kashmir curfew relationships marriage
A Kashmiri man looks out of his house during restrictions after the scrapping of the special constitutional status for Kashmir by the government, in Srinagar, August 14, 2019. Photo: REUTERS/Danish Siddiqui

Young Kashmiris Explain How the Curfew Has Wrecked Their Relationships and Marriages

“Anything that separates two lovers can never bring peace.”

In their 11-year-old relationship, the maximum duration Suhail and Nazia have been cross at each other for is two months. And that has happened only once over the decade-plus span. “During that time, we didn’t talk or chat on the phone,” Suhail, 28, tells me. “But I still managed to see her every day.”

Suhail and Nazia live within a distance of four kilometres in Srinagar, Kashmir. When they had chosen not to talk to each other for those couple of months many years ago, Suhail, a businessman, could still catch a glimpse of his girlfriend whenever he wished.


But the last two weeks have been full of anxiety, concern and “forced-separation” for the pair. “From the 2008 Amarnath land uprising to 2016 Burhan Wani upsurge, our relationship has witnessed every curfew season and phone blockade, but it’s never been this bad,” says Suhail.

Since the midnight of August 4-5, the Kashmir Valley has been put under a never-seen-before communication blackout, with government snapping telephone, mobile and internet services. The unprecedented security and communication lockdown came in the wake of Indian government’s unilateral decision to scrap Article 370 of the Constitution, and the bifurcation of Jammu and Kashmir state into two union territories.

For couples like Suhail and Nazia, this lockdown means no calls, no WhatsApp messages and no exchange of romantic voice notes. “I haven’t been able to see her all this time because of the curfew… If I hear her voice this time, I will scream and break down,” Suhail says, taking long drags of a cigarette. To placate himself, he swipes through dozens of pictures of Nazia on his phone, numerous times, every day. When her memory becomes unbearable, he listens to her voice over recorded calls. “I have also some recorded video calls of her; I watch them too. These days, I avoid watching movies based on love stories. I have also doubled my cigarette intake.”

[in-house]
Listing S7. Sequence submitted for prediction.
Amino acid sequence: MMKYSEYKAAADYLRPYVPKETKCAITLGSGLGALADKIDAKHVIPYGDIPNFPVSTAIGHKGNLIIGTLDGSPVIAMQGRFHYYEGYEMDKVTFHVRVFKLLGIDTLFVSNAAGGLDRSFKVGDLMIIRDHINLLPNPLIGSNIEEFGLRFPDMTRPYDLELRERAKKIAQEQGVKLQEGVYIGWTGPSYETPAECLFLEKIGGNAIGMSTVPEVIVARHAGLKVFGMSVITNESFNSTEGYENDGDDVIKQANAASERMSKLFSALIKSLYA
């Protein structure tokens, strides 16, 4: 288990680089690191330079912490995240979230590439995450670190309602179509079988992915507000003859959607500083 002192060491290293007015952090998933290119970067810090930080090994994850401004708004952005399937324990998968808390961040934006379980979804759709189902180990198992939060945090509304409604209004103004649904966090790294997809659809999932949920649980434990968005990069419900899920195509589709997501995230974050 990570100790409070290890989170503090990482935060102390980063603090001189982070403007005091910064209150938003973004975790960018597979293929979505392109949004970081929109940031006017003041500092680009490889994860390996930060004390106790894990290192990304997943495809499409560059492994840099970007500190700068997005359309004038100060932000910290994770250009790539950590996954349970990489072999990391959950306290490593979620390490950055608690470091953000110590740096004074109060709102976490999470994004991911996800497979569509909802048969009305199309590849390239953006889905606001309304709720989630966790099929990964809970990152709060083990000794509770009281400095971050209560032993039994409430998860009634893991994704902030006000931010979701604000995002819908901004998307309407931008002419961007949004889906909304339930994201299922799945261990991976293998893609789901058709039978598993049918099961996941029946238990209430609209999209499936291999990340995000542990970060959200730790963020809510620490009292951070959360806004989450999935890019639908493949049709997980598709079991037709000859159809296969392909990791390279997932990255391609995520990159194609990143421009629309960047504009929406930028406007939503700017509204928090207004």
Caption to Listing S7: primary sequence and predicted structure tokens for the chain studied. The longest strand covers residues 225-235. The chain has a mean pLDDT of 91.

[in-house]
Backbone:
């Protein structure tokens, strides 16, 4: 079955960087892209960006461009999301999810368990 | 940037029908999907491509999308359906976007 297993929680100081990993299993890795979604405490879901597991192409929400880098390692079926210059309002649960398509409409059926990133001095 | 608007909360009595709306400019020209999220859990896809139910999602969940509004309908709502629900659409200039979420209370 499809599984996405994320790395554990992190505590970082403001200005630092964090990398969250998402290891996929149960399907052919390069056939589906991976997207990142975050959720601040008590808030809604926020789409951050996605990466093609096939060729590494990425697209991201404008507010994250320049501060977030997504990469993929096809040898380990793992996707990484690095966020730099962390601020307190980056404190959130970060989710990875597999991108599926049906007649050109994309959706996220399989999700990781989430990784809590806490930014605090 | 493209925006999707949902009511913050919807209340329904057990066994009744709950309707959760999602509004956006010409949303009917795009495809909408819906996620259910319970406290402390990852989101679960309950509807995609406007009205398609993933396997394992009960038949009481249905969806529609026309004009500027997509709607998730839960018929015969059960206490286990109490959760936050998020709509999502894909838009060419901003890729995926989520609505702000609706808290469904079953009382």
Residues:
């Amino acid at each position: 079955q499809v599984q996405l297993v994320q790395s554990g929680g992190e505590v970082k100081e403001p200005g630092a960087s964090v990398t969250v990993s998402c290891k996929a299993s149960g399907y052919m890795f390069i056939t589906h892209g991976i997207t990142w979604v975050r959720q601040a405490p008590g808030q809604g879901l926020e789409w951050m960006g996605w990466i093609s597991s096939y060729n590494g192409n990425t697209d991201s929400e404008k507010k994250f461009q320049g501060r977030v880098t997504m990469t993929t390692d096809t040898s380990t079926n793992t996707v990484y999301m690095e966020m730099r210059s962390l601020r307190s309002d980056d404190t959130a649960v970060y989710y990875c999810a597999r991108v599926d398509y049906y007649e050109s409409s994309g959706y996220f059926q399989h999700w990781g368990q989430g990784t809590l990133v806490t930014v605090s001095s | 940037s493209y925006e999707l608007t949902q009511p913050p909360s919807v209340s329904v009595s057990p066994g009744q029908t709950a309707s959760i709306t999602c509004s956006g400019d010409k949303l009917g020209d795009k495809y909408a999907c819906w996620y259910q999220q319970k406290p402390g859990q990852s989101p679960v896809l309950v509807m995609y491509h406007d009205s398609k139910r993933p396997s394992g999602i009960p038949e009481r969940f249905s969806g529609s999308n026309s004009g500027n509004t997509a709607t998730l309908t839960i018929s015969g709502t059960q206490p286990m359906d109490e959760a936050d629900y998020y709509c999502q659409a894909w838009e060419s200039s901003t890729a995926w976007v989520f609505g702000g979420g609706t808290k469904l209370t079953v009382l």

There are times, Suhail says, when he takes the risk of travelling to Nazia’s area amidst strict restrictions. “I go past her house hoping that I might see her but I haven’t been lucky.”


Last week, the Jammu and Kashmir government announced “easing up” of restrictions across the Valley. Now, landline phone services have apparently been restored in 35 police station areas of Kashmir while 17 telephone exchanges out of 96 have been made functional.

“But that’s still not an option,” says Arif Bashir, a junior executive with a private company in Srinagar. “I don’t have a landline at home and even if I manage to call my girlfriend, she wouldn’t be able to talk in front of her family.”

Bashir spoke to his girlfriend Khushi* last on the midnight of August 4. He has no knowledge of her since then. Bashir hails from Central Kashmir’s Ganderbal district while Khushi lives in North Kashmir’s Bandipora district. They are separated by a distance of more than 20 kilometres.

“None of our arguments have lasted more than three hours… the last time we failed to get in touch for a long period was during the Burhan Wani uprising,” he recalls, adding “it was she who came looking for me to my friend’s shop amidst the curfew in 2016.”

Bashir and Khushi, a lawyer, started dating in 2013. Six years later and during the current crisis in Kashmir, the couple finds itself at the crossroads of a life-changing decision—only that Khushi does'nt even know of it yet. “My office has ordered my transfer to Goa and I may have to leave next week. I don’t know if I will be able to see her before leaving,” Bashir rues.